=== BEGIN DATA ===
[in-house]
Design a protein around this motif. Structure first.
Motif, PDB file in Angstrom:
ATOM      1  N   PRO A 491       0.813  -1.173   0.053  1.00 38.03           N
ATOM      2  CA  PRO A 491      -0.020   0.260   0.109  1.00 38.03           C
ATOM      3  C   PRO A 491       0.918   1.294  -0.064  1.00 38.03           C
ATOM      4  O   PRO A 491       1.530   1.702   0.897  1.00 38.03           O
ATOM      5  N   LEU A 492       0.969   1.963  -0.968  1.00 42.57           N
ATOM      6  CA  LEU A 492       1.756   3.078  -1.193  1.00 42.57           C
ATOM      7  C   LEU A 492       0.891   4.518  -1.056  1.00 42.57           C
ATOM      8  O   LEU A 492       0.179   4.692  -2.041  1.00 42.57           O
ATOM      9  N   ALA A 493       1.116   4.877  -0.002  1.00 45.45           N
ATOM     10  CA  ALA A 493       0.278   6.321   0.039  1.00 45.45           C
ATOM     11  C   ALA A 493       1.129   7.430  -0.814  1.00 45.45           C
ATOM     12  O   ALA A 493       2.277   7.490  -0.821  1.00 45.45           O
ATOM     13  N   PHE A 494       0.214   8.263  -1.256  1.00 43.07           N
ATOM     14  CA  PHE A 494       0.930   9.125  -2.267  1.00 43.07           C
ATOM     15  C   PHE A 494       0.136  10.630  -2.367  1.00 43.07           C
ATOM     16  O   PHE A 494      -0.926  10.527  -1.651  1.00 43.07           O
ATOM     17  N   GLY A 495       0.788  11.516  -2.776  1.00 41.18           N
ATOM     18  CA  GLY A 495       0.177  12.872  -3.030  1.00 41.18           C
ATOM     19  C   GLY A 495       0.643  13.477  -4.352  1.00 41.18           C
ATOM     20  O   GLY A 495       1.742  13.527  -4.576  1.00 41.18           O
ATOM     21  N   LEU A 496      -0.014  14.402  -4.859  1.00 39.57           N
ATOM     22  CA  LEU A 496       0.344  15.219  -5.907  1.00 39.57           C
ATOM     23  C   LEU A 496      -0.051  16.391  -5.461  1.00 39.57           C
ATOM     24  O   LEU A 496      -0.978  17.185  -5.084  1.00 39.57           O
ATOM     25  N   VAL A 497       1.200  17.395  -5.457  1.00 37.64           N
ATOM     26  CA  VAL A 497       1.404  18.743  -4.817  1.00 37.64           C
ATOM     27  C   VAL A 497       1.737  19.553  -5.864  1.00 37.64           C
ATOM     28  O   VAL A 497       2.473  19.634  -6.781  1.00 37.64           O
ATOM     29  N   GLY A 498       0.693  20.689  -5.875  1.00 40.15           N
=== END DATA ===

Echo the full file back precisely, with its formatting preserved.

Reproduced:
[in-house]
Design a protein around this motif. Structure first.
Motif, PDB file in Angstrom:
ATOM      1  N   PRO A 491       0.813  -1.173   0.053  1.00 38.03           N
ATOM      2  CA  PRO A 491      -0.020   0.260   0.109  1.00 38.03           C
ATOM      3  C   PRO A 491       0.918   1.294  -0.064  1.00 38.03           C
ATOM      4  O   PRO A 491       1.530   1.702   0.897  1.00 38.03           O
ATOM      5  N   LEU A 492       0.969   1.963  -0.968  1.00 42.57           N
ATOM      6  CA  LEU A 492       1.756   3.078  -1.193  1.00 42.57           C
ATOM      7  C   LEU A 492       0.891   4.518  -1.056  1.00 42.57           C
ATOM      8  O   LEU A 492       0.179   4.692  -2.041  1.00 42.57           O
ATOM      9  N   ALA A 493       1.116   4.877  -0.002  1.00 45.45           N
ATOM     10  CA  ALA A 493       0.278   6.321   0.039  1.00 45.45           C
ATOM     11  C   ALA A 493       1.129   7.430  -0.814  1.00 45.45           C
ATOM     12  O   ALA A 493       2.277   7.490  -0.821  1.00 45.45           O
ATOM     13  N   PHE A 494       0.214   8.263  -1.256  1.00 43.07           N
ATOM     14  CA  PHE A 494       0.930   9.125  -2.267  1.00 43.07           C
ATOM     15  C   PHE A 494       0.136  10.630  -2.367  1.00 43.07           C
ATOM     16  O   PHE A 494      -0.926  10.527  -1.651  1.00 43.07           O
ATOM     17  N   GLY A 495       0.788  11.516  -2.776  1.00 41.18           N
ATOM     18  CA  GLY A 495       0.177  12.872  -3.030  1.00 41.18           C
ATOM     19  C   GLY A 495       0.643  13.477  -4.352  1.00 41.18           C
ATOM     20  O   GLY A 495       1.742  13.527  -4.576  1.00 41.18           O
ATOM     21  N   LEU A 496      -0.014  14.402  -4.859  1.00 39.57           N
ATOM     22  CA  LEU A 496       0.344  15.219  -5.907  1.00 39.57           C
ATOM     23  C   LEU A 496      -0.051  16.391  -5.461  1.00 39.57           C
ATOM     24  O   LEU A 496      -0.978  17.185  -5.084  1.00 39.57           O
ATOM     25  N   VAL A 497       1.200  17.395  -5.457  1.00 37.64           N
ATOM     26  CA  VAL A 497       1.404  18.743  -4.817  1.00 37.64           C
ATOM     27  C   VAL A 497       1.737  19.553  -5.864  1.00 37.64           C
ATOM     28  O   VAL A 497       2.473  19.634  -6.781  1.00 37.64           O
ATOM     29  N   GLY A 498       0.693  20.689  -5.875  1.00 40.15           N